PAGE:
Allow us to reproduce the chart of the Eurozone banking index, which we are sure you must have come across quite often since the arrival of the Covid-19 hurricane;
Source: ECP, Bloomberg
What you see here in the chart above is the perfect set-up for the technical chartist to jump the ship and initiate shorts in the banking names. And here is another one,
Source: ECP, Bloomberg
In the second chart we compared the banking index against the price of copper, an important indicator of the health of the general economy. Historically, these indices have performed in line with the real interest rate expectations by the market participants. As we can see both the indexes were moving in the perfect lockstep up until the beginning of this year, but that correlation has broken post the Covid-19 impact. We understand the risk of supply shortage and the China factor on the Copper prices, but again China is the largest consumer of the metal, not the only.
It seems that the market participants are expecting an oncoming Armageddon in the European banking space or that they foresee a world without a need of banking institutions. In the latter case we are sure JP Morgan would roll in his grave upon hearing that thesis. Metaphors asides, in the YOLO and FOMO world that we live in the last thing an investor would try is to catch falling knives. Ever increasing regulatory red-tapes, lower for longer interest rates environment, negative real interest rate expectations, frequent occurrences of compliance issues, competition for market share and, consequently, low visibility on the future earnings make banking names specialist’s play.
However, for us value investors, these are the perfect pockets of the markets wherein we hunt for bargains. Over the last weekend, one such name came on to our drawing board, Société Générale, after they announced disposal of one of their asset management business “Lyxor” and creation of a new retail bank in France by the merger of its two existing networks. On the face of it, Société Générale’s shares are trading at distress levels. For a bank with EUR c 1.5 trillion in balance sheet assets, shares trading at less than 10 billion of market capitalisation looks an extreme. On the price to book multiple, it is at x0.2 whereas the sector average is 0.6. What exactly is the market pricing?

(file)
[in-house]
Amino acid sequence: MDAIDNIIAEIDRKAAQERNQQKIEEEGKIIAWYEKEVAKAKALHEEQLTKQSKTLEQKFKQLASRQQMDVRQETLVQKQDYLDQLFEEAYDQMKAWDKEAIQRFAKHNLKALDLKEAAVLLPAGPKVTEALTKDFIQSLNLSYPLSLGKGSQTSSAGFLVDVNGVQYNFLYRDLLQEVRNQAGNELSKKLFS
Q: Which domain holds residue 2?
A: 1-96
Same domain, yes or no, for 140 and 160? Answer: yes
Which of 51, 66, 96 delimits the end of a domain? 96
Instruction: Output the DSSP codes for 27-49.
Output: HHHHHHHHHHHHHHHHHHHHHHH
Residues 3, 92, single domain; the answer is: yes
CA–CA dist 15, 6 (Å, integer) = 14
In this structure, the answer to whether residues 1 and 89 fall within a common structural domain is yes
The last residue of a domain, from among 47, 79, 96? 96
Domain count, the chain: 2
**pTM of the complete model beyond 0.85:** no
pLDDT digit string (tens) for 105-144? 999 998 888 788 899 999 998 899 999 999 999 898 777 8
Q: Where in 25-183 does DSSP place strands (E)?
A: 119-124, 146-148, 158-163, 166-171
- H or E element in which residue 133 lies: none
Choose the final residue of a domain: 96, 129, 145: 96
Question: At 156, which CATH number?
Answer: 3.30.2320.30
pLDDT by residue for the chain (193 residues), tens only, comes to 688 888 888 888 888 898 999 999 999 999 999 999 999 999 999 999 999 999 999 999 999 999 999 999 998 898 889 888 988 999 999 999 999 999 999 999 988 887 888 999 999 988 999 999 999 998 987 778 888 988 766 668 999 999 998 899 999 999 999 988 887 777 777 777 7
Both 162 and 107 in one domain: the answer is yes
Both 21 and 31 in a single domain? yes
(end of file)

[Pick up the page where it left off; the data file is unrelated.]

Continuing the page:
For current year management has guided for Basel3 CET1 in the range of 11-11.5%, 195-245 bps above MDA (Minimum Distributable Amount) buffer. Expected -120 bps impact of Basel 4, has just been delayed, but still on the table. Factor in the risk of Covid-19 second wave, restructuring in France retail banking segment, exposure to Russia, Eastern European and African countries, and it carrying one of the largest derivatives book amongst the Global banks. We would not blame market participant giving least credibility to RWA and provision guidance provided by the management, as can be seen in the consensus ROE expectations of 3-4% in coming years.
In contrast, our existing holding in the banking space “BAWAG Group”, nimble bank operating in Central European region with high quality assets that entirely consists of loan book. At c. 42%, it has best Cost-Income ratio in the EU region, in comparison Socgen has cost income ratio north of 75%. In the long term recession scenario, in line with EBA stress test, BAWAG is one of the handful bank names in the EU region which would have one the highest buffer over MDA and thus the prospective shareholder returns.